Vowels are the most difficult of the phonemes to teach. Consonants generally don’t differ that much between language and, crucially, consonants have things touch – tongue between the teeth, bottom lip on the teeth etc – which makes it easier to describe to students. Vowels on the other hand have anything in the mouth making contact with another part. This makes it difficult to explain to students. Of course, we have the classic ‘mouth map’ that we can show students but that seems quite academic.
Students get a much better sense of where vowel sounds are produced using the colour chart attached below. Having two words that students can practice gives them double the chance to FEEL where the sounds are produced. The left side is the front of the mouth, the right is the back of the throat.
However, even when practicing, students are frequently sat closer to their partner, speaking softly. This is not good for FEELING where a vowel is being produced. For that, we need VOLUME.
Solution 1: separating out the students. Get them at opposite ends of the classroom having to speak to their partners. The extra volume necessary helps them to concentrate on where the sound is coming from, using the colour chart.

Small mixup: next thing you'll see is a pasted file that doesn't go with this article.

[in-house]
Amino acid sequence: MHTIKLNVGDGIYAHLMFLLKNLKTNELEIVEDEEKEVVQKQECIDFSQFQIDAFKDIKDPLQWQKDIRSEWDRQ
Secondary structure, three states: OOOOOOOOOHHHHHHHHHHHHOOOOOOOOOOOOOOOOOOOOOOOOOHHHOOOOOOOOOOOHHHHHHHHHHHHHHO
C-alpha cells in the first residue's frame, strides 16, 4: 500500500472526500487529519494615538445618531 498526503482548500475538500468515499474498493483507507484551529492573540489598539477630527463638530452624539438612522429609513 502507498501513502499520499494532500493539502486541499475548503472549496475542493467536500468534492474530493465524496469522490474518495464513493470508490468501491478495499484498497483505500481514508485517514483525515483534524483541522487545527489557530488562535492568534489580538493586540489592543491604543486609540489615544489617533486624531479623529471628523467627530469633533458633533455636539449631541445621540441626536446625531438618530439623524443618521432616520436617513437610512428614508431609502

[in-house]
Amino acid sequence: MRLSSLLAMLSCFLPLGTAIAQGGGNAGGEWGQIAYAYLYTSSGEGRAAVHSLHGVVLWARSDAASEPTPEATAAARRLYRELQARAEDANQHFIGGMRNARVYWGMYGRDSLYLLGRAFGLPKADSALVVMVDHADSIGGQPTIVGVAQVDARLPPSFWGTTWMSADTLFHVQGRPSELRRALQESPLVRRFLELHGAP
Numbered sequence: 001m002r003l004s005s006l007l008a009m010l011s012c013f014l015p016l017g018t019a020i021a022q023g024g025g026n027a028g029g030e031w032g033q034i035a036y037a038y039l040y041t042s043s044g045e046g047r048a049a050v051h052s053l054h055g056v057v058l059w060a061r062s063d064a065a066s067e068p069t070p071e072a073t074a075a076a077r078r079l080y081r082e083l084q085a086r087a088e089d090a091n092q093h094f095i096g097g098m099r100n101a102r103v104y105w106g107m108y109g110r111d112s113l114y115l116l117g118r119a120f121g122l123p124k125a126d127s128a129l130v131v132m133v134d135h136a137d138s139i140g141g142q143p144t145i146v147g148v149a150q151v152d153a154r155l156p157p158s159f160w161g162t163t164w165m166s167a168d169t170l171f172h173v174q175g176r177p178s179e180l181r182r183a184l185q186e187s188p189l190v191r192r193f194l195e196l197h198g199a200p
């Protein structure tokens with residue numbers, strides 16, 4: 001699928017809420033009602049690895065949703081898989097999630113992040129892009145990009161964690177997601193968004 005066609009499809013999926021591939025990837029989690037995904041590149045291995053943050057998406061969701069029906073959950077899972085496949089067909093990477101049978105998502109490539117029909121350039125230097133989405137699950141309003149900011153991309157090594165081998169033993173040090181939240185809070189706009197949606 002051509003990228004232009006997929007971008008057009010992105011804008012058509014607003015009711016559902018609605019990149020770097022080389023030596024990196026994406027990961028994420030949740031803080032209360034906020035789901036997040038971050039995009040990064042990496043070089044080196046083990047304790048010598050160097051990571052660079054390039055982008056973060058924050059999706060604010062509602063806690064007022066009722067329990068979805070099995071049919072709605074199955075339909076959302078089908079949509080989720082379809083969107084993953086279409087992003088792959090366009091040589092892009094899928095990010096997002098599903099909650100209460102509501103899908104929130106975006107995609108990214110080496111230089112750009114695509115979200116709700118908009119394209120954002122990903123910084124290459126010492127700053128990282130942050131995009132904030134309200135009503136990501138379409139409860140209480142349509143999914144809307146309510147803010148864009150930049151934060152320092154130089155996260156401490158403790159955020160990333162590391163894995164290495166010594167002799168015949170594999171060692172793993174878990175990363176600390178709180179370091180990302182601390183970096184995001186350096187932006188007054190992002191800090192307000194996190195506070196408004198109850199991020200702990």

Solution 2: if you don’t have space – play music. The extra volume will force the students to speak up.
A loud classroom is a productive classroom.
The colour chart is not mine, so I’ve put the source on the bottom of the chart.
In the first of this batch of hit-n-run quickie interviews from the KOTESOL conference in Seoul at the end of 2016, I spoke to Justin McKibben about how we can expand students roles. By giving students certain speaking tasks the traditional classroom would consider a teacher’s job, we can vastly increase student talk time and give them a broader sense of control in their own classroom.
Justin takes us through some of the techniques we can use in our classrooms to shift away from the traditional teacher-fronted classroom. You can start using these techniques immediately.
STT, TTT, ESL, EFL, TEFL, TESOL, CELTA, DELTA, teacher-fronted classroom, teaching, English,
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To a monolingual, being bilingual or multilingual seems magical. More than one language in one head – no one can live at that speed! As a result, some unusual misconceptions have grown around linguistic phenomena that, globally, is far more common than speaking a single language.
Marilyin Vihman has significant experience in bilingualism both personally and academically. In this episode, recorded in her office at the University of York, we look at some of the myths about bilingual development and which are outright wrong and which lean closer to the truth than others.
The myths we bust – or, in some cases, bruise – are:
- Bilinguals are two monolinguals in one head
- Bilinguals start to speak later than monolinguals
- Babies soak up languages like sponges
- Some languages are more primitive than others, so are easier to learn
- English is widely spoken (as a second language) because it has less grammar
- Parents pass on mistakes and non-native accents to their children
- There’s one right way to raise a bilingual child
(Adapted from Pearson (2008))